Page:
The Solid Case for Allegheny County Reassessment

Member Group : Allegheny Institute

The next Allegheny County chief executive must make a critical decision on property assessments, says the research director of the Allegheny Institute for Public Policy.

And it’s clear — as a matter of the state Constitution, basic fairness and repeated litigation, the latest of which is wending its way through the courts– that a full reassessment must be undertaken, he says.

“The next chief executive could take office with legal uncertainty over the assessment issue but having to realize that assessments will be a dominant permanent and contentious issue unless a regular reassessment cycle is adopted,” Montarti says (in Policy Brief Vol. 23, No. 14).

The property assessment mess is well known, regularly debated and often litigated.

The county’s current assessments went into effect Jan. 1, 2013, following a court ruling.  Pennsylvania law permits counties to use a base year for assessments, which means many years might pass before values are updated through reassessment. Unfortunately, that is the case for many counties.

“The current litigation concerns the calculation of the common level ratio used in appeals,” Montarti explains.

Each year, counties submit sales data to the State Tax Equalization Board, which then calculates the ratio by using the assessed values to selling price for those sales.

Allegheny County’s 2020 ratio, used in appeals from July 1, 2021, to June 30, 2022, was calculated to be 81.1. The lawsuit alleges that the county miscoded sales data and that the ratio was inflated as a result.

A Common Pleas Court judge agreed and ruled that the ratio should be lowered to 63.53.  That ruling was appealed to Commonwealth Court by Pittsburgh Public Schools, where arguments began last week.

“In the meantime, Allegheny County Council created a Special Committee on Assessment Practices in September 2022,” Montarti notes. “The committee’s purpose is to examine what happened to cause the litigation over the ratio.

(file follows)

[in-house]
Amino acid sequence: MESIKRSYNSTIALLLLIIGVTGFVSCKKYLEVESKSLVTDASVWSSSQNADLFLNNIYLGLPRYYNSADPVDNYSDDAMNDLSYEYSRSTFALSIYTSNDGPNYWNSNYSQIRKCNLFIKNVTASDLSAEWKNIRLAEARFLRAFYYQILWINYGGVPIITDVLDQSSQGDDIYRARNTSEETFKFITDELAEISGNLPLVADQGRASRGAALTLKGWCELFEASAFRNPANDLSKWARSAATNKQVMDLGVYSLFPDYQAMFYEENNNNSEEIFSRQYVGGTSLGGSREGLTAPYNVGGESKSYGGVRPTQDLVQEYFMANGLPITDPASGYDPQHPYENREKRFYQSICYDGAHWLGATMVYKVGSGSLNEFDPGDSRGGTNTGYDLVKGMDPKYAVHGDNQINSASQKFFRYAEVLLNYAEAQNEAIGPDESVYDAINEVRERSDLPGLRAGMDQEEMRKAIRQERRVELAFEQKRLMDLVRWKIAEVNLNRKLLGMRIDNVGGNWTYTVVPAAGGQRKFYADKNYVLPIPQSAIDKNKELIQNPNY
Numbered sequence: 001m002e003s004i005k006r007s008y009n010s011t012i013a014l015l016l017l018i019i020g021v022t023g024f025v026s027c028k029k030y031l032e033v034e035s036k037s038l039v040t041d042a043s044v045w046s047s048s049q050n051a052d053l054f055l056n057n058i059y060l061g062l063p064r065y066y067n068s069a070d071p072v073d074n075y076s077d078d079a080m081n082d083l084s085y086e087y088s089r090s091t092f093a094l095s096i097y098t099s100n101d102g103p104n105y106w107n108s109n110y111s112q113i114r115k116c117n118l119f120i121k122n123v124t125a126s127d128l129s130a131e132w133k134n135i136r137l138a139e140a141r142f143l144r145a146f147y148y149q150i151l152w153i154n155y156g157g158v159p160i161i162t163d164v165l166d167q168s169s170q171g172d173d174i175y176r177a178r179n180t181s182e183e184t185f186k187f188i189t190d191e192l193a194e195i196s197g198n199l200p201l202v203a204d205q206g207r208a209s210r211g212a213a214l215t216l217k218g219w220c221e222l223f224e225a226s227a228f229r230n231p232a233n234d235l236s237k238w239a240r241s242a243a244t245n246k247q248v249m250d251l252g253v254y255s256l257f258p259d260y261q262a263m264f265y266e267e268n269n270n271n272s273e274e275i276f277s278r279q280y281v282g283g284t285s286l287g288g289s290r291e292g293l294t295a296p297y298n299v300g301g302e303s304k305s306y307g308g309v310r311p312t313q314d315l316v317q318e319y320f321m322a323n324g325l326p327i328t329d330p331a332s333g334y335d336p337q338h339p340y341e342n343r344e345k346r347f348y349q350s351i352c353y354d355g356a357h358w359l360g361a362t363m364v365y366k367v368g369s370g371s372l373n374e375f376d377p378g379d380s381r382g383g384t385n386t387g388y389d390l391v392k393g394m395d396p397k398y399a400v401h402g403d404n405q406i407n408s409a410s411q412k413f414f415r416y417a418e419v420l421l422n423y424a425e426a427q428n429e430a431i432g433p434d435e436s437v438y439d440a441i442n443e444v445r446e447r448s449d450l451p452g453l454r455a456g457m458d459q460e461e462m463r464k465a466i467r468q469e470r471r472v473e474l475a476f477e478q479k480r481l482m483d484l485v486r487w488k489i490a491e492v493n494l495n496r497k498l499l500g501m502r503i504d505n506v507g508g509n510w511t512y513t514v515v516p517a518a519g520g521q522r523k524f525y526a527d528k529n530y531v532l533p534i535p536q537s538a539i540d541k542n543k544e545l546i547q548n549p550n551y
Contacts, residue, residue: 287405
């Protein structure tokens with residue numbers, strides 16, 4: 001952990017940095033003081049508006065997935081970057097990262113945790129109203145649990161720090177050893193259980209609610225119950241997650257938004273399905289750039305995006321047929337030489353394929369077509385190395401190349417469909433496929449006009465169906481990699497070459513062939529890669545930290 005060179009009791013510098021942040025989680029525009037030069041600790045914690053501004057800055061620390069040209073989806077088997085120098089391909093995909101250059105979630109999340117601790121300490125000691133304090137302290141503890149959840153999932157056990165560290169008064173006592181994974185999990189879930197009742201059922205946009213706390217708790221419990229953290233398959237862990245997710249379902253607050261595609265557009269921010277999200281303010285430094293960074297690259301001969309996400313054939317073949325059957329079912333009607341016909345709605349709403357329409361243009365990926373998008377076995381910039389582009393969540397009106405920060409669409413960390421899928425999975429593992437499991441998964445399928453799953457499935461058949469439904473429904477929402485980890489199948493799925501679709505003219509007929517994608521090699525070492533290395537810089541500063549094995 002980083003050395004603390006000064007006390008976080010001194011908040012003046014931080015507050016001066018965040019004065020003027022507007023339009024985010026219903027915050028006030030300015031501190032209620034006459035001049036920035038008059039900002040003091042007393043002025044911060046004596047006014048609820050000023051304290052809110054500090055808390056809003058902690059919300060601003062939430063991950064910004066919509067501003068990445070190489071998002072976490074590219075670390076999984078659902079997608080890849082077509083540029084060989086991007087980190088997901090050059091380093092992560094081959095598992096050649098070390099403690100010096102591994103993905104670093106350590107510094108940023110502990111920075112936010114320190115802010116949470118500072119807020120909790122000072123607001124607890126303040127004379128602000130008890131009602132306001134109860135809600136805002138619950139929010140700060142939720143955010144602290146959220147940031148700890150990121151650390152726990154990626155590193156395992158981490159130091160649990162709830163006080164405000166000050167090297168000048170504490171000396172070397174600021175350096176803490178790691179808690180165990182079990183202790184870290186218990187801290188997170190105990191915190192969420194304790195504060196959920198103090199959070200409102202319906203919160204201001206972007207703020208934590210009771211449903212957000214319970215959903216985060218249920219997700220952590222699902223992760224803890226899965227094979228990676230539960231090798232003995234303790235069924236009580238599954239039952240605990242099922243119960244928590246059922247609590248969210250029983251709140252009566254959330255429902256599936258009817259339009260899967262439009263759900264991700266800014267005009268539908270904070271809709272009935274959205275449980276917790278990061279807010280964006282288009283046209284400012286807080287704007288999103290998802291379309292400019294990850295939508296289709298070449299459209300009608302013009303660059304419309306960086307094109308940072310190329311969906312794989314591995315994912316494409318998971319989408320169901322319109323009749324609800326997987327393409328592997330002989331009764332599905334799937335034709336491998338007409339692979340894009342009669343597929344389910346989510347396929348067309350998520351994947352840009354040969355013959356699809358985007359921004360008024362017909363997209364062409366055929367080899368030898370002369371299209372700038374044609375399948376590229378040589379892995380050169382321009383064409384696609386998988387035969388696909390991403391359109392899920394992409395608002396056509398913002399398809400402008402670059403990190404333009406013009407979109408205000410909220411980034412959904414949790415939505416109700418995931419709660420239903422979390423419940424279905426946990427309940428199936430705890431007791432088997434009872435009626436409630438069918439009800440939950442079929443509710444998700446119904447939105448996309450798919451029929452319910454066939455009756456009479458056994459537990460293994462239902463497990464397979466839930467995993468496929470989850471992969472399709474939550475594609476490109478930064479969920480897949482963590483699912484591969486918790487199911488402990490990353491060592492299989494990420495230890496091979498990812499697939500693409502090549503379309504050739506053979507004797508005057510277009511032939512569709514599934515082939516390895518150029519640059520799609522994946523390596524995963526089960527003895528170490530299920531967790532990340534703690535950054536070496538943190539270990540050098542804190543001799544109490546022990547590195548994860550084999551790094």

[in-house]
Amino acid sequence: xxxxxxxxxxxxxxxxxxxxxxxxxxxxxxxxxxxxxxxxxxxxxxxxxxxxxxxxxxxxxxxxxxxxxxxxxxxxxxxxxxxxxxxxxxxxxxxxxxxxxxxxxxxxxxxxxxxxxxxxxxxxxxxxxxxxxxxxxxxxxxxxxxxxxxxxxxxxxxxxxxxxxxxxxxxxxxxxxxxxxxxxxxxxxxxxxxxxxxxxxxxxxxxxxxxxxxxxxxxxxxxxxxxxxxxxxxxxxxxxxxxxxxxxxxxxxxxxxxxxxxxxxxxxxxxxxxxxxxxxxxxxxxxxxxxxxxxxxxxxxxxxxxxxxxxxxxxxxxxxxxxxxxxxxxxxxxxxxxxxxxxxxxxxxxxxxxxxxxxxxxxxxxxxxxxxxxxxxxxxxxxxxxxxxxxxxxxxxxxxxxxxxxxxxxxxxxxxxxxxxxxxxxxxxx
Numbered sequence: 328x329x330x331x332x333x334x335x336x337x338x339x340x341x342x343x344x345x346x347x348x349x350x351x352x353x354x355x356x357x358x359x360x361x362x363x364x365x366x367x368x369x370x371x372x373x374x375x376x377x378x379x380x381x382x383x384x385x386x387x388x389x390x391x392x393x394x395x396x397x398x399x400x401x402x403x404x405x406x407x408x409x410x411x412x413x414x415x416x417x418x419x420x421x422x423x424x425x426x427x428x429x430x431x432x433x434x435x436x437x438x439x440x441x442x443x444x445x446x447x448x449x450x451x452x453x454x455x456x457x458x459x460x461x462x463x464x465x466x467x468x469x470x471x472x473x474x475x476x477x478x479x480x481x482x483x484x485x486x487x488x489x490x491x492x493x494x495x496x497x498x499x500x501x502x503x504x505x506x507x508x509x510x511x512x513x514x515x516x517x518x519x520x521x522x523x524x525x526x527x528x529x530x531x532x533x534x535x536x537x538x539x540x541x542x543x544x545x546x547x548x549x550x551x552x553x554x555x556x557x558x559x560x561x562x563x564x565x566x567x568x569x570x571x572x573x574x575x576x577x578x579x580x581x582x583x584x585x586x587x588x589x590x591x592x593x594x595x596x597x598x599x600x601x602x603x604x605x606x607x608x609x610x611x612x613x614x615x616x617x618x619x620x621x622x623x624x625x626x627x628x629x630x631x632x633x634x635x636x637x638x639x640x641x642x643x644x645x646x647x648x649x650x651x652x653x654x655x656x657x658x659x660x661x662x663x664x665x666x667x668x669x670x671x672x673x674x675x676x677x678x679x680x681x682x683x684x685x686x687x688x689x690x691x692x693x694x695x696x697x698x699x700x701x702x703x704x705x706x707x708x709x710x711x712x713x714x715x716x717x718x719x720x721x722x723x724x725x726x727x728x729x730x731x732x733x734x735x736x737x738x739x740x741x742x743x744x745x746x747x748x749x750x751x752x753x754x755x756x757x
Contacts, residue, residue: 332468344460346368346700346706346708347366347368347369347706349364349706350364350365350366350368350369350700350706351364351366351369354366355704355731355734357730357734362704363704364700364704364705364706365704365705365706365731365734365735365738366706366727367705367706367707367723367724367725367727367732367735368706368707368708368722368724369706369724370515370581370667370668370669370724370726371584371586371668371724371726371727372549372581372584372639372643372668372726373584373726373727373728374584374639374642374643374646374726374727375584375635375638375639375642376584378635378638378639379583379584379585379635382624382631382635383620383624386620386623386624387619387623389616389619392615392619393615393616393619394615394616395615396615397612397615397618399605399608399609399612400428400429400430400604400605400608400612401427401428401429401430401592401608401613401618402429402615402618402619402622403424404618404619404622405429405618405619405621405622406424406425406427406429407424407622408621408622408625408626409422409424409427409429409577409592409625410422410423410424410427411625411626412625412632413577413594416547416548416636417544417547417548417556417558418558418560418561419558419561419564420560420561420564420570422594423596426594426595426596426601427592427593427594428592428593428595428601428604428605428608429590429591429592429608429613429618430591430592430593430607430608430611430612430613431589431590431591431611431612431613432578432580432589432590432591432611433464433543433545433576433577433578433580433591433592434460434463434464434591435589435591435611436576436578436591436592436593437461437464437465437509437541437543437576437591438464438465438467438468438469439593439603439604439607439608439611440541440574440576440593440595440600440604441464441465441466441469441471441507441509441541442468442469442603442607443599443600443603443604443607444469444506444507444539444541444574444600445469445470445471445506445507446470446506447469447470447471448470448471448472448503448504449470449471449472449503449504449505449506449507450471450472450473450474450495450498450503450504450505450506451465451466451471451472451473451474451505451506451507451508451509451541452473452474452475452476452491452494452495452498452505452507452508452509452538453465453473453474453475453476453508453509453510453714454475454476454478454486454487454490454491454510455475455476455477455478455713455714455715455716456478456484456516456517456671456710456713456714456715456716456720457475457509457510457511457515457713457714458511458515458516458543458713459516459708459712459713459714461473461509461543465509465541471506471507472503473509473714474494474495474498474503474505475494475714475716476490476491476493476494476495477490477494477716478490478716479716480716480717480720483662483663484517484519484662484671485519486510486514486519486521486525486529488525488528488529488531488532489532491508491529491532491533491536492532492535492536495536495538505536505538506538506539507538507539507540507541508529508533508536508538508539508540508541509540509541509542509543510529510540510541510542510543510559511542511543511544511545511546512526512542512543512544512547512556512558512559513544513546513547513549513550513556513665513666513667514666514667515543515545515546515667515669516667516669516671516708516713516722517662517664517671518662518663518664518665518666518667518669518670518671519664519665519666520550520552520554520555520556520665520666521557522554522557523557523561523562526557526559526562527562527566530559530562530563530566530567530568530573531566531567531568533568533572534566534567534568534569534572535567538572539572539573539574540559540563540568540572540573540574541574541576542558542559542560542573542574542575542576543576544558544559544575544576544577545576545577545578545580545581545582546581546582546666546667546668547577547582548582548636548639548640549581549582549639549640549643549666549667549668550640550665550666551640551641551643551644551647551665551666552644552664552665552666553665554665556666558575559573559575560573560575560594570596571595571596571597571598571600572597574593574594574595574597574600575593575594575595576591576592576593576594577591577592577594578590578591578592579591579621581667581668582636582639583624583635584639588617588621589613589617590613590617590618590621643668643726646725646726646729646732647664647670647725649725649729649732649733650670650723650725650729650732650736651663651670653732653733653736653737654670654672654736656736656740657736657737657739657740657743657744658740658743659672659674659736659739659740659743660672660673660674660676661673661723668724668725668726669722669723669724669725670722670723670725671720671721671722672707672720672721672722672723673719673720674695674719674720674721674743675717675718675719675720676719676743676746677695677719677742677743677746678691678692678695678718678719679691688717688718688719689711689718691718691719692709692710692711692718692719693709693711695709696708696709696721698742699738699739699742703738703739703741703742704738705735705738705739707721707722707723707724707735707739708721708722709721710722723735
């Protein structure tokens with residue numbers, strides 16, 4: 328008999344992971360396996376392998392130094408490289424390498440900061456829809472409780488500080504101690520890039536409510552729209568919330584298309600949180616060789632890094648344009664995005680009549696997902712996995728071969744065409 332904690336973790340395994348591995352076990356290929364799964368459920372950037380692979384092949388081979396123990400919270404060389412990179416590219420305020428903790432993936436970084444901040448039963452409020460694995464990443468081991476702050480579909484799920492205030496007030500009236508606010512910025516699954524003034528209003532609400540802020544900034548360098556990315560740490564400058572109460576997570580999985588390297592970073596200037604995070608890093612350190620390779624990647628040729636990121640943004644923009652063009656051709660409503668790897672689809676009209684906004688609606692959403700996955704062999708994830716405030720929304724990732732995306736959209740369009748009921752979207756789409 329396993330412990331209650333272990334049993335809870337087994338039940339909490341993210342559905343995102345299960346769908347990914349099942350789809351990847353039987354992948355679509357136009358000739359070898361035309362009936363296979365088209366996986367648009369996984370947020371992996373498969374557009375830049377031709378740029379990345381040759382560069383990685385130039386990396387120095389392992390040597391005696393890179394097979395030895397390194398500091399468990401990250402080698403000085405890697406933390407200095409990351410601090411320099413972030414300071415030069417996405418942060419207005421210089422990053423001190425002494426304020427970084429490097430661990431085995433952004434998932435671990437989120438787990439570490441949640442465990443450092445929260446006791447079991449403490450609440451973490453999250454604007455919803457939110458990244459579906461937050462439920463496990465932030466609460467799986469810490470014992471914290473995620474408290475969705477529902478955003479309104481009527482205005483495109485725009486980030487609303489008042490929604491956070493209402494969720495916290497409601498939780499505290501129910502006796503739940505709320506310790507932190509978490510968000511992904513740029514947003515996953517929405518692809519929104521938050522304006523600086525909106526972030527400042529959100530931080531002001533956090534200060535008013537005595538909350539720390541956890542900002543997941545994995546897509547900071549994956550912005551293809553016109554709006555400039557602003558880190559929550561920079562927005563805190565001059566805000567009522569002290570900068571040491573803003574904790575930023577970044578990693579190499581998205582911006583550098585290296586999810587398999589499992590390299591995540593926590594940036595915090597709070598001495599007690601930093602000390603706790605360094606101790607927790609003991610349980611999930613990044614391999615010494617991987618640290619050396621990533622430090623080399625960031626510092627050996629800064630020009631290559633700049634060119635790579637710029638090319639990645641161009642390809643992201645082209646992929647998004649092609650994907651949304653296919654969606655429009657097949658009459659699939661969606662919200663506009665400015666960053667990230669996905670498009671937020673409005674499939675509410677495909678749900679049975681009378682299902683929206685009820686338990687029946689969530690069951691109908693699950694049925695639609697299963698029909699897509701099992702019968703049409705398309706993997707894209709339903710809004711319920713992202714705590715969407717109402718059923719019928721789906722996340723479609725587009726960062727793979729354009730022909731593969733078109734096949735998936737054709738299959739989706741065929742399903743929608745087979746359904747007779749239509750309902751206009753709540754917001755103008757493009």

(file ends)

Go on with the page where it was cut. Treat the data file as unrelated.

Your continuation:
To date, the committee has met four times.  Ordinances dealing with a special appeal window, revising the assessment roll in years where there is no reassessment and requiring the council’s confirmation of the chief assessment officer were introduced.

But, to date, only the first ordinance has been enacted; the special appeal window closed on March 31 without a determination of what the common level ratio (or CLR) would be.  A news article put the count of those appeals at over 6,000.

Long and convoluted story short, the lack of regular reassessments has led to gross inequities in the property taxes paid by comparable properties when primarily school districts challenge the assessments on newly sold properties based on their higher sales prices. It has come to be known, derisively, as the “newcomer’s tax.”

“Absent a change in state law to mandate a reassessment cycle, it will take an action of Allegheny County’s elected officials or a court ruling for a countywide reassessment to happen,” Montarti reminds. “There is no desire in Harrisburg to mandate a cycle and the decision to reassess should not be left up to the courts.

“Keeping assessed values up to date and as close to market value is good public policy,” he stresses. “Thus, it is vitally important that properties be frequently assessed to ensure fairness.”

That’s why it is recommended that the next chief executive propose an ordinance to County Council to conduct a reassessment in Allegheny County once every three years.

“This would be a definitive break from the standard that has been in place for the past two decades,” the think tank scholar says.

“It would cut down on appeal activity, eliminate the sticker shock that many taxpayers experience when a long period of time passes between reassessments and make carrying out subsequent reassessments much less cumbersome,” Montarti says in citing a compelling case.

“Allegheny County should follow the lead of most states where reassessments are carried out regularly.

“Being intransigent on this issue is a flagrant violation of the state Constitution and a strong negative in the county’s desirability as a place to attract businesses or residents,” Montarti concludes.

Colin McNickle communications and marketing director at the Allegheny Institute for Public Policy ([email protected]).